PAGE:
A farmer of 47 years has traded in lambs for vegetables.
In a story reported by the BBC yesterday, a Devon lamb farmer says he’s had a change of heart about sending his lambs to slaughter.
Sivalingam Vasanthakumar, originally from Sri Lanka, now resides in Totnes, Devon, where he’s been raising animals for decades. In Sri Lanka, Vasanthakumar raised dairy cows with his parents.
But it took nearly five decades for Vasanthakumar to come to terms with his profession.
“I just couldn’t cope any more and I had to say no,” Vasanthakumar said.
“I realised this year, I couldn’t do it. The emotional toll had become too much.”
“It was taking them to the slaughterhouse and that was stressing me out a lot,” he said. Seeing the stress in the animals facing their own death finally wore him down.
Vasanthakumar rehomed the animals at the 91-acre Goodheart Animal Sanctuaries, nearly 200 kilometers away. Goodheart says this is the first time a farmer has brought lambs to the sanctuary.
But it’s not the first time a farmer has had a change of heart about the business of raising animals. A growing number of farmers are shifting away from animal agriculture for both the emotional and financial tolls.
The 2018 documentary “73 Cows” tells the story of Jay Wilde, the first farmer in the UK to trade beef farming for sustainable organic vegan farming, giving up his entire herd of cattle in the process. The film won “Best Overall Film Award” and the “Best Lifestyle Film” award out of the 29 entries at the First Ottawa International Vegan Film Festival last November.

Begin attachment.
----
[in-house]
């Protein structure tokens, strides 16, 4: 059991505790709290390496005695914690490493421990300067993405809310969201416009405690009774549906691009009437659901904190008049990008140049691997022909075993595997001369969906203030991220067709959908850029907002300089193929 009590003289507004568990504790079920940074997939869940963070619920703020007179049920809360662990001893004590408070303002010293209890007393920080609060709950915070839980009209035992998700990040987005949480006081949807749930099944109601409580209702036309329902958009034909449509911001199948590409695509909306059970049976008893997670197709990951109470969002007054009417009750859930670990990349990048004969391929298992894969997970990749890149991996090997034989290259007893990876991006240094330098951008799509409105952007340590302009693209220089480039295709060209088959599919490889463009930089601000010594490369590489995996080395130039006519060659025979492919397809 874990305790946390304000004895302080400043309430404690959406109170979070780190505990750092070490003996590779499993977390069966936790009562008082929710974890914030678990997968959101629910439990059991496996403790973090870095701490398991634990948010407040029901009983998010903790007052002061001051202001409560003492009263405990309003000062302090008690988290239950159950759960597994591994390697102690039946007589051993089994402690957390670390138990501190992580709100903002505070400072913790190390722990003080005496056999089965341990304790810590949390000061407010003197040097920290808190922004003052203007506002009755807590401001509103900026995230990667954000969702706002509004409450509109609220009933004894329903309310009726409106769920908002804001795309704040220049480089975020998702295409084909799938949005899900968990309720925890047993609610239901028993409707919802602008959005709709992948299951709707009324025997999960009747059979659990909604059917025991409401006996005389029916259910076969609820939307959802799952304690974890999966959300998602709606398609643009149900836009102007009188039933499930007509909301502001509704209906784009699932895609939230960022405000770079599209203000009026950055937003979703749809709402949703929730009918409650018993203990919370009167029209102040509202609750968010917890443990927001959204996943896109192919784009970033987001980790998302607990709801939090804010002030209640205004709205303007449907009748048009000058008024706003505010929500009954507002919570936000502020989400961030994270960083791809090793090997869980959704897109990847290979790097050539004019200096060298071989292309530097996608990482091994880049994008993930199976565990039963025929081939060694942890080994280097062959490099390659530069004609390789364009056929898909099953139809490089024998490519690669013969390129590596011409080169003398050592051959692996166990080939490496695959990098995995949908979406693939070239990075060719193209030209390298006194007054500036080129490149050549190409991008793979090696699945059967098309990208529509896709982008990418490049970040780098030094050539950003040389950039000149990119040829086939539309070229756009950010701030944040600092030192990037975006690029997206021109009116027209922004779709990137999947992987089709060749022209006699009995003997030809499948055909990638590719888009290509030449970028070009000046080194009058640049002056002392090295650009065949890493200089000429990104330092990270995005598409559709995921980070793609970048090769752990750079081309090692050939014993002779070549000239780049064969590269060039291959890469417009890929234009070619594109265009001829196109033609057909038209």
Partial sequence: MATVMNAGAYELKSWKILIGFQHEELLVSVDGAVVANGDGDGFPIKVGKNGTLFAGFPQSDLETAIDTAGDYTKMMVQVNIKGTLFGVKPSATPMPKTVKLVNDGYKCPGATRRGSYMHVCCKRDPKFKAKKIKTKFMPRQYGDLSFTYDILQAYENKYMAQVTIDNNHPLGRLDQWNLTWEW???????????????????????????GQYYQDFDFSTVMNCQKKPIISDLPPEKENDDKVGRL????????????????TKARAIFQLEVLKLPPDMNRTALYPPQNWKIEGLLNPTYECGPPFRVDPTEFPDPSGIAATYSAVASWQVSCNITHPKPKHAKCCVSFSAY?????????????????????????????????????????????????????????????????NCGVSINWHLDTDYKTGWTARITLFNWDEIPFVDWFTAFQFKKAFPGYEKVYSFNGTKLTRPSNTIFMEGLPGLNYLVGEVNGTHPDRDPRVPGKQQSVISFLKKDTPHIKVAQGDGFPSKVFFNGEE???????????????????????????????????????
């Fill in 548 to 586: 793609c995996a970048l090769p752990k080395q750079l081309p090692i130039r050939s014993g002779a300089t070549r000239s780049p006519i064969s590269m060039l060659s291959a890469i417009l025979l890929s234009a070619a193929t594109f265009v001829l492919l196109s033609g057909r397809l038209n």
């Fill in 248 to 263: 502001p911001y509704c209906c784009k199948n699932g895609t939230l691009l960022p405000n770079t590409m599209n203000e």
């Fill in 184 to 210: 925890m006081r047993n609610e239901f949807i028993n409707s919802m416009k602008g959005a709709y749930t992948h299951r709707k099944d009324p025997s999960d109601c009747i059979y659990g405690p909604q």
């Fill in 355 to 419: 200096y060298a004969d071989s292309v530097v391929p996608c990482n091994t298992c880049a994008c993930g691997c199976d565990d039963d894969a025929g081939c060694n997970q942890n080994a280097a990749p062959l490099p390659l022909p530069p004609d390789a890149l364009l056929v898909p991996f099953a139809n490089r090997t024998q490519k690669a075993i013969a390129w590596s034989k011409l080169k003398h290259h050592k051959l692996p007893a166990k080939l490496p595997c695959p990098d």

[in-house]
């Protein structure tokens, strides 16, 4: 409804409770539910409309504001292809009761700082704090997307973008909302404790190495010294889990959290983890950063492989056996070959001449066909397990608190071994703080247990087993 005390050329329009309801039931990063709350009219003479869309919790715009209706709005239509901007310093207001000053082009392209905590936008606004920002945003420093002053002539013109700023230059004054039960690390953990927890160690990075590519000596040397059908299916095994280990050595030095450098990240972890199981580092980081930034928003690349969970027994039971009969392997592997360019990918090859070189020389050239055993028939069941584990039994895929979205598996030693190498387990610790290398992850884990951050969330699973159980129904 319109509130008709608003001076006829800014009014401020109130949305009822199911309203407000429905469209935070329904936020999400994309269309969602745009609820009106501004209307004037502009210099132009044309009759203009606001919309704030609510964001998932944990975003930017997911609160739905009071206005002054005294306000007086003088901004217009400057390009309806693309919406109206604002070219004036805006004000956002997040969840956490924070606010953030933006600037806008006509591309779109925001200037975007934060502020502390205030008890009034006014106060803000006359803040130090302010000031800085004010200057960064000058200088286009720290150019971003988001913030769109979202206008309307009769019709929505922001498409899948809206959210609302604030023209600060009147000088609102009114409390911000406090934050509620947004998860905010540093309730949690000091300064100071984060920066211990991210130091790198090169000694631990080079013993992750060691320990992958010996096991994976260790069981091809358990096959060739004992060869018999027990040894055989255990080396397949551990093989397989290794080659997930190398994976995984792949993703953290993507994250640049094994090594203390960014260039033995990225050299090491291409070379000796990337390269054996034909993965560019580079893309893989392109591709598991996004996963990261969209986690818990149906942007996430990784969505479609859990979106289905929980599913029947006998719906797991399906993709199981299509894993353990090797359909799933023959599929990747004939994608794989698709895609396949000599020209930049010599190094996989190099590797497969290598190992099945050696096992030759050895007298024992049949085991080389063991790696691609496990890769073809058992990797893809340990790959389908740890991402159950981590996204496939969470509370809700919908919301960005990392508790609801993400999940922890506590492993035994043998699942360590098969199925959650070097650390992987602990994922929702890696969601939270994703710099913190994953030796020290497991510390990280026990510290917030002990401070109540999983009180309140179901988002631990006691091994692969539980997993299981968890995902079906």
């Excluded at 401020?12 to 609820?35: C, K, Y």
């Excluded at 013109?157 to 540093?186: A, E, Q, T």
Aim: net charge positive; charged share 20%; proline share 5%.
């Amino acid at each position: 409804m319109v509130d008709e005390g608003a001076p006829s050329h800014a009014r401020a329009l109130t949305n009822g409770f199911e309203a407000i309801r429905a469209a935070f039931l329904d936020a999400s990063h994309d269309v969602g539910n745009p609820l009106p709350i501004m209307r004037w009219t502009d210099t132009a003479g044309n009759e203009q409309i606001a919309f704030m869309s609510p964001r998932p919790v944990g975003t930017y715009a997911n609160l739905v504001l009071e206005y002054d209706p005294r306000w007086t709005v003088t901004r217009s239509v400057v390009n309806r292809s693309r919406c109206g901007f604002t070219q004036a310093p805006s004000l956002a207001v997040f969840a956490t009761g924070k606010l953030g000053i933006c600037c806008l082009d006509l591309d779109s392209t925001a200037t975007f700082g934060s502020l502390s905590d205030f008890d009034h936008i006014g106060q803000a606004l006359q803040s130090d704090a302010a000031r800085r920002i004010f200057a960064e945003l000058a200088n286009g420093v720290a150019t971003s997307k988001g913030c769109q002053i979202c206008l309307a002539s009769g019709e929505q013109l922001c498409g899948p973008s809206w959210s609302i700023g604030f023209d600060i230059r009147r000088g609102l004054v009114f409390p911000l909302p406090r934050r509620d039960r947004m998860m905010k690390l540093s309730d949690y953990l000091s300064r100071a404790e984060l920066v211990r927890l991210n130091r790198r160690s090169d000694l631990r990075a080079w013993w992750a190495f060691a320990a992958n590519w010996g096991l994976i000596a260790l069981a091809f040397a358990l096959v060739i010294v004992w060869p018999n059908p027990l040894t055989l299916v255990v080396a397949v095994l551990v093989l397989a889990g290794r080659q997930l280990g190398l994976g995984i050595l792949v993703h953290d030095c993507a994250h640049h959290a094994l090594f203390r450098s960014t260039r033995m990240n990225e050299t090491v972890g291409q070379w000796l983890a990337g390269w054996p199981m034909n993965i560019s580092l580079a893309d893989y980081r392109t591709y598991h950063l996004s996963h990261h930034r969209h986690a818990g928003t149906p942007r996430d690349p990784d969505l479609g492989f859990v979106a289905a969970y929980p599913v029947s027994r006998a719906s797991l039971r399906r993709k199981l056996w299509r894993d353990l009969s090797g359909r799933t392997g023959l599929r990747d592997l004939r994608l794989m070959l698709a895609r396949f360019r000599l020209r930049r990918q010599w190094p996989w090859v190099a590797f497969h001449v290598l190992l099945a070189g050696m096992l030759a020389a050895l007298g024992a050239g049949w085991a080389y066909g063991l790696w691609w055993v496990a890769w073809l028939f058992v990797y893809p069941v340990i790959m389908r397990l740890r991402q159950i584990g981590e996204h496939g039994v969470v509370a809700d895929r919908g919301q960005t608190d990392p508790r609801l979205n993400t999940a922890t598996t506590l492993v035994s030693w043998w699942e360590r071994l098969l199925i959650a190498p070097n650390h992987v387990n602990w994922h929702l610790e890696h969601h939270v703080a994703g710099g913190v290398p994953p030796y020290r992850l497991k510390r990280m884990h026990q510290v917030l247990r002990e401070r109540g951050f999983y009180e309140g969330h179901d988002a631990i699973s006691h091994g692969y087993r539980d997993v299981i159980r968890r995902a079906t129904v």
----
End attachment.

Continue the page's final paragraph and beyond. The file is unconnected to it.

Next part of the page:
It was also recently nominated for a BAFTA award.
“When we set out to make ’73 Cows’ I knew that the film had potential as Jay’s story was so inspiring, but I never anticipated the reaction it’s receiving,” director Alex Lockwood told LIVEKINDLY.
“The film really seems to have struck a chord with people all around the world. When we released the film online, we thought that it would be viewed by a few hundred people within the first few days, so we were amazed when the viewing figures kept going up and up into the tens of thousands,” Lockwood said.
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"The shift from real dairy to nut- and plant-based alternatives has been so noteworthy that Elmhurst Milked, a traditional dairy company that has been around since 1925, overhauled its production last year to focus exclusively on nondairy alternatives." – Well+Good Use the link in our bio to read the full article ⬆️ @iamwellandgood #elmhurst1925 #plantbased
U.S. based vegan milk brand Elmhurst Milked used to raise dairy cows. It was one of the longest-running and largest dairy farms in New York City. But as the market shifted, sales began to decline, and the brand made the decision to shutter its dairy farm and pivot into the booming plant-based milk market, where it’s now considered one of the category leaders.
“Plant milk has a much lower carbon footprint than dairy,” Elmhurst’s owner Henry Schwartz, told the Sierra Club. “It’s also more ethical to animals.”
The 82-year-old grew up in the dairy business started by his father nearly a century ago. But he says times are changing and other dairy farmers need to keep pace.
“Whether through capital investment or some other means, businesses will have to evolve their offerings to keep up with consumer demands and trends,” Schwartz said.
“If you can get this from nuts or grains,” he says, “I don’t see how cows can have a monopoly on the term.”